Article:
Let her get a job. Let her work long hours for crappy pay with a mean employer and rude customers. If she wants to be a writer, she’ll have to be comfortable with hard work and low pay. Let her spend her own money on books and lattes – they’ll be even sweeter when she’s worked hard for them.

Let her fail. Let her write pages and pages of painful poetry and terrible prose. Let her write crushingly bad fan fiction. Don’t freak out when she shows you stories about Bella Swan making out with Draco Malfoy. Never take her writing personally or assume it has anything to do with you, even if she only writes stories about dead mothers and orphans.

Let her go without writing if she wants to. Never nag her about writing, even if she’s cheerful when writing and completely unbearable when she’s not. Let her quit writing altogether if she wants to.

Let her make mistakes.

Let her stay after school to work on the newspaper, but only if she wants to. Let her publish embarrassingly personal stories in the school literary magazine. Let her spill the family’s secrets. Let her tell the truth, even if you’d rather not hear it.

Let her sit outside at night under the stars. Give her a flashlight to write by.

Let her find her own voice, even if she has to try on the voices of a hundred others first to do so. Let her find her own truth, even if she has to spin outrageous lies in search of it. Remember that her truth isn’t the same as anyone else’s truth, and that even if you were there with her when it happened, your memories of a moment will likely be vastly different from hers. Let her write thinly-veiled memoirs disguised as fiction. It’s okay if she massages past events to make a better story, or leaves entire years of her life on the cutting room floor. It’s okay if she writes about characters who have nothing to do with her life, her experience, or her world. That’s what fiction is.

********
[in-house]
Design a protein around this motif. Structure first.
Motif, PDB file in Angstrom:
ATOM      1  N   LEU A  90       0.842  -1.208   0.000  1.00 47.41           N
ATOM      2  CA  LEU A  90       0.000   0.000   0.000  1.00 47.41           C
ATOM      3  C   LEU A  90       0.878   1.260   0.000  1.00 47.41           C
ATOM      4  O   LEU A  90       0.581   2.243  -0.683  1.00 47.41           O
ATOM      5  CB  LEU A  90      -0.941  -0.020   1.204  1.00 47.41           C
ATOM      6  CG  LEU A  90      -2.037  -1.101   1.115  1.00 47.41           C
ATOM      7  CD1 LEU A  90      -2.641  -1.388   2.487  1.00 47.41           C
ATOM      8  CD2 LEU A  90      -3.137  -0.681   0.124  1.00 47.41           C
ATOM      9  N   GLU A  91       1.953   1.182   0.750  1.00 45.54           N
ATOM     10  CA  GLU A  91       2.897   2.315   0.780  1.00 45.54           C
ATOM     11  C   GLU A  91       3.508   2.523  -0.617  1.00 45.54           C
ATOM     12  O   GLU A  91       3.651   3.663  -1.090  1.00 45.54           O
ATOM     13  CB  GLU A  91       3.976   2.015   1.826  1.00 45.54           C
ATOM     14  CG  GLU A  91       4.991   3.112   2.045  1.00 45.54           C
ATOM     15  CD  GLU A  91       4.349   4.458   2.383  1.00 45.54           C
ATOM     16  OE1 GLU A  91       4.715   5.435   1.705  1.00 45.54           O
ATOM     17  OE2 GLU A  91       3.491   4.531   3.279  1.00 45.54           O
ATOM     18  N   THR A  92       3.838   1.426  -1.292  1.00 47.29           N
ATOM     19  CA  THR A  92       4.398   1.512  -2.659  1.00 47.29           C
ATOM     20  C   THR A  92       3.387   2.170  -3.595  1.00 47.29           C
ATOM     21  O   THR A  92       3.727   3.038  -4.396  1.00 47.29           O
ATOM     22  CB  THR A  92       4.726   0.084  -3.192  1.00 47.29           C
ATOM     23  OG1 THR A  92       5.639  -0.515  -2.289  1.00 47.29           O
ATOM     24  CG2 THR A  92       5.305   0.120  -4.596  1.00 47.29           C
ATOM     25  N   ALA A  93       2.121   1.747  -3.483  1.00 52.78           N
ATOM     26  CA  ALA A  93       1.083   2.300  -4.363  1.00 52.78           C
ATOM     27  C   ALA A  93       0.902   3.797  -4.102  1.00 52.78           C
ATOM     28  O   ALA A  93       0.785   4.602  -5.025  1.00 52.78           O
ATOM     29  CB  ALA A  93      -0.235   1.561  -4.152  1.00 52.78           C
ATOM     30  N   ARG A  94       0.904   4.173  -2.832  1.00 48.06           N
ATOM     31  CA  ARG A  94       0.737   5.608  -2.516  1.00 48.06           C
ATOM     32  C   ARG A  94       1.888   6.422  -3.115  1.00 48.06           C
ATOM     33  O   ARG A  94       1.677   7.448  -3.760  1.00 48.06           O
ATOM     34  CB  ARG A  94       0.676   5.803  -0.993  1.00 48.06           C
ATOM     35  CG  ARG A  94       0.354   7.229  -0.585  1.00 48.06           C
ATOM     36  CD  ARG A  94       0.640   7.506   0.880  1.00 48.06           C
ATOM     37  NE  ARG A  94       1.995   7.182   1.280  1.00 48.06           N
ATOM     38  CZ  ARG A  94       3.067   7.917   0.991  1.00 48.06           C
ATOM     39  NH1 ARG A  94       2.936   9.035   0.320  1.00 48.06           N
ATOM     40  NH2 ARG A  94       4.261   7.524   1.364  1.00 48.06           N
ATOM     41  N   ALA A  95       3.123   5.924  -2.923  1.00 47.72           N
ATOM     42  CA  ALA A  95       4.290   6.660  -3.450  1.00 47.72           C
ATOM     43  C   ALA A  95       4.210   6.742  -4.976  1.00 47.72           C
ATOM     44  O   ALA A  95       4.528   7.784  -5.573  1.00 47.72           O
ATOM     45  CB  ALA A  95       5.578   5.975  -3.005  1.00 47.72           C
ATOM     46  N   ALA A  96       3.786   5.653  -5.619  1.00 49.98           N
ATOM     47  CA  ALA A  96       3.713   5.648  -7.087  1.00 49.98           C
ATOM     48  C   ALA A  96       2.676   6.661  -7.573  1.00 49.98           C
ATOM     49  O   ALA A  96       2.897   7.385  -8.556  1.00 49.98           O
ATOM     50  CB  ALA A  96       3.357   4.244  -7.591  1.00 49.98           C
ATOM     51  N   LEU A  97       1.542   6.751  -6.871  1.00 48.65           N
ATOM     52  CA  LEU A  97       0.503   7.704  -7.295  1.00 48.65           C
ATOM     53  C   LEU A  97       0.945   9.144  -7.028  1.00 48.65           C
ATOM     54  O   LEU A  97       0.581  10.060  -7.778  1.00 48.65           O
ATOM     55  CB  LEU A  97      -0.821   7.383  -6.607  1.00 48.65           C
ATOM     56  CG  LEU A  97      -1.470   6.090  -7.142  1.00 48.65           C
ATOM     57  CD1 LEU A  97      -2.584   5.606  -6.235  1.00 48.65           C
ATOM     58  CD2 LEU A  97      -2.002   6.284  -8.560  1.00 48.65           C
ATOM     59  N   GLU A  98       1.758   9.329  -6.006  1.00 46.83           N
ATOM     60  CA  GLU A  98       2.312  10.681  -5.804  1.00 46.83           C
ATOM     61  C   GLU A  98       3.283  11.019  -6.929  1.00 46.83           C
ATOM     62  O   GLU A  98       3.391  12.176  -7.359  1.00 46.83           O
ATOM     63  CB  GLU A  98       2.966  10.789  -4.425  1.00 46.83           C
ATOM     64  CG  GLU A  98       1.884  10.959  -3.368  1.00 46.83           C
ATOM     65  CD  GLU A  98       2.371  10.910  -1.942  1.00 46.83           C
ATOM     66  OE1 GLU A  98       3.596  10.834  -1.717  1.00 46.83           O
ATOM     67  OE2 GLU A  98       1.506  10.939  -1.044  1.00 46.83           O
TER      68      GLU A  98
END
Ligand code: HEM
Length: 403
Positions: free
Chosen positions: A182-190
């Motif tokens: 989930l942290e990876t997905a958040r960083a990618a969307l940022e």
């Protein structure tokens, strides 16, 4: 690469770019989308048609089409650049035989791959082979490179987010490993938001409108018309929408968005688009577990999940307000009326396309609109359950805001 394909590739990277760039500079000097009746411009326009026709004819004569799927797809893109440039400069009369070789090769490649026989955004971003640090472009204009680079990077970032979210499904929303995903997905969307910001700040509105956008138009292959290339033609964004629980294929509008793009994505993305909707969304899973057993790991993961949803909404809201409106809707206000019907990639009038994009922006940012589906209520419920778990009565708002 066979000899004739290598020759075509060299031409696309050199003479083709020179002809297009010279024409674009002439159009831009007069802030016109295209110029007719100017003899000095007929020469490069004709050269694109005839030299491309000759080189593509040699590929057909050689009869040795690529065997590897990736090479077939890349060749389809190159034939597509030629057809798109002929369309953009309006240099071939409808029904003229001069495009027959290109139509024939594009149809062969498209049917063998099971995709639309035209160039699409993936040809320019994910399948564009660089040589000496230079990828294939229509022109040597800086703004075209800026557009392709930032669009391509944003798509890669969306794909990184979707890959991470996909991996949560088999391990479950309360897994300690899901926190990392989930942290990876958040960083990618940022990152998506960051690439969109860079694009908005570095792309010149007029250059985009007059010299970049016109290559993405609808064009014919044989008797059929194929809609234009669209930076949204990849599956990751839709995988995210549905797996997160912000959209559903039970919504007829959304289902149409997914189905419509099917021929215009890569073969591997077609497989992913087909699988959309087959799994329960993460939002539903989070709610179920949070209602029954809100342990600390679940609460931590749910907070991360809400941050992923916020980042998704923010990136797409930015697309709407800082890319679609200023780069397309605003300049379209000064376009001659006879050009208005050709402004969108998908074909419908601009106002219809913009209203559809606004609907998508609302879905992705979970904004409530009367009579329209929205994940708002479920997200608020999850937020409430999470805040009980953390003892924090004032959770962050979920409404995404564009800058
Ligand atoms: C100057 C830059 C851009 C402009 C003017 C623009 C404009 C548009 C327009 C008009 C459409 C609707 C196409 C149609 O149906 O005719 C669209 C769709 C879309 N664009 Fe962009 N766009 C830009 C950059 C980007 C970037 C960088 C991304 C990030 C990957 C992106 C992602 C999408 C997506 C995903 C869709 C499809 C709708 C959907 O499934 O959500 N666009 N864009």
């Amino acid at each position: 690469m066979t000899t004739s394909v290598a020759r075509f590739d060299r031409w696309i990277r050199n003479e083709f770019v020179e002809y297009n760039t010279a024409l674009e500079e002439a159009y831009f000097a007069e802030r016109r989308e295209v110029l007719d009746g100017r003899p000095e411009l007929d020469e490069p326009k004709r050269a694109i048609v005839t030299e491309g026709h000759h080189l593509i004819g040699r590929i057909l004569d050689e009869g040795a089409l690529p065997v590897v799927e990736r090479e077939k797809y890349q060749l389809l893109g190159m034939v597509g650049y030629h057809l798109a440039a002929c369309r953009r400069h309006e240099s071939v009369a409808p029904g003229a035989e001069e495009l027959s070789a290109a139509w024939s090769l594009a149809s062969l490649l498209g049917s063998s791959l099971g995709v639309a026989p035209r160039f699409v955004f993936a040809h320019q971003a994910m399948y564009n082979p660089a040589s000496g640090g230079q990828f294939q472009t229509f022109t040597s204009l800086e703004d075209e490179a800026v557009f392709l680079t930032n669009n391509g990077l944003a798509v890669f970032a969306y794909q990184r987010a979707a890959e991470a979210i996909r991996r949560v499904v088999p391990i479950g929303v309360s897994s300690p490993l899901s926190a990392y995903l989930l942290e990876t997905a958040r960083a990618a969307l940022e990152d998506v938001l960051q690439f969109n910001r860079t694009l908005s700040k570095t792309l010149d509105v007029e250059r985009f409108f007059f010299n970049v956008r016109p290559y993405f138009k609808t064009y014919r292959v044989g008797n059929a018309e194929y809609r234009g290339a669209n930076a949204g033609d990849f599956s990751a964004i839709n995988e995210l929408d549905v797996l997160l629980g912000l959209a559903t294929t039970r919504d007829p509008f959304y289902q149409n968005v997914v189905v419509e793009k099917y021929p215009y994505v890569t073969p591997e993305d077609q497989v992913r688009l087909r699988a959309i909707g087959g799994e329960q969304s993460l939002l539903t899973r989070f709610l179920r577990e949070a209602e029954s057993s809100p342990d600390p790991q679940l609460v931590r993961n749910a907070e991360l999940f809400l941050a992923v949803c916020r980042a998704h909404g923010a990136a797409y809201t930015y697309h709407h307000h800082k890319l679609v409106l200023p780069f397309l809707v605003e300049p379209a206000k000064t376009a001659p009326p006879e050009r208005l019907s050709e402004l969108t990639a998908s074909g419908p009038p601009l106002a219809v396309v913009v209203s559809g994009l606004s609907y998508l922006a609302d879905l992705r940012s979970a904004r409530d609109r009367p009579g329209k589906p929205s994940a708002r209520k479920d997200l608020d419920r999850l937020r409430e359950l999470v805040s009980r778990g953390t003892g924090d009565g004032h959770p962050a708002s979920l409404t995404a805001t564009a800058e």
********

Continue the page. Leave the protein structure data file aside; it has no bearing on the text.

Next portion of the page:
Let her write poetry on her jeans and her shoes and her backpack, even if you just bought them brand new.

Keep her safe but not too safe, comfortable but not too comfortable, happy but not too happy.

Above all else, love and support her. Love her and believe in her. Love her, and let her go. In the end, your love is all that matters, and it will be enough. The rest will come from her.



21 Replies to “How to Raise a Writer, by Deb Molly”

  1. W O W. Truly a great great post today! Sounds like the best advice to parents is to just “let it happen”. Nowadays we seem compelled to “program” our kids into success. Writing is art. You don’t muscle your way through it with trainers. Nothing makes me happier than seeing my 11 year old daughter curled up with a book but I don’t think I really “got it”…until reading this post. She typically has 3-4 books on the go at one time and frequently rereads her favourites and I think to myself “why?” that’s so “unorderly”. And I suppose I should also stop complaining about the reams (and reams and reams) of paper that I find ALL over the house with half written stories (and drawings). Creativity can be messy! (Thank you for one more reason not to give in to the cell phone begging…I shall brace myself for the dead mother and orphan story. LOL)

    1. Yes, that’s it exactly, Tammy! I do worry about my students who are so overly programmed — most kids are naturally creative and naturally averse to boredom, so they’ll invent ways to occupy their time on their own, by writing books, putting on plays, making puppets, acting out scenes, etc etc. They don’t need to be told how to play!

  2. You said it, Molly. That kind of support (well, all kinds, really) is so important to budding writers. Heck, I don’t think writers ever really outgrow the need for it.

  3. Well, I’m glad I’m coming in on the end here, because I’m of the belief that TV is a HUGE component of my love of stories! I have admitted many times on this blog how much TV I watched as a kid (and keep in mind, this was the 70s, early 80s so when I say A LOT, I really mean one or two shows a week night and a whole morning of Saturday cartoons!)

    Nowadays, though? Oy. We don’t have a TV in our house which makes me a hypocrite? Nah. 😉 The truth is I think some TV is fine–but man, I think the pickins are slim now. Thank Goodness for Netflix so I can educate my dear little ones on the finer days of network TV (I’m looking at you Wonder Woman, Fantasy Island, CHiPs, Charlie’s Angels, Love Boat–and the list goes on!!)

      1. Yes! (The man was a TV genius!) And Love Boat is why I have always WANTED to take a cruise, Joanne–so of course! Remember how the ladies loved Doc? Don’t know if that would fly today–me, I always thought Gopher was a cutie.

    1. Interesting — I only learned how to watch TV from an analytical/story place in my late 20s, but I had a writing partner years ago who swore he’d learned how to plot by watching TV. I think the difference is in how you approach it — for me, TV is almost always brain candy, so it doesn’t really help my fiction brain.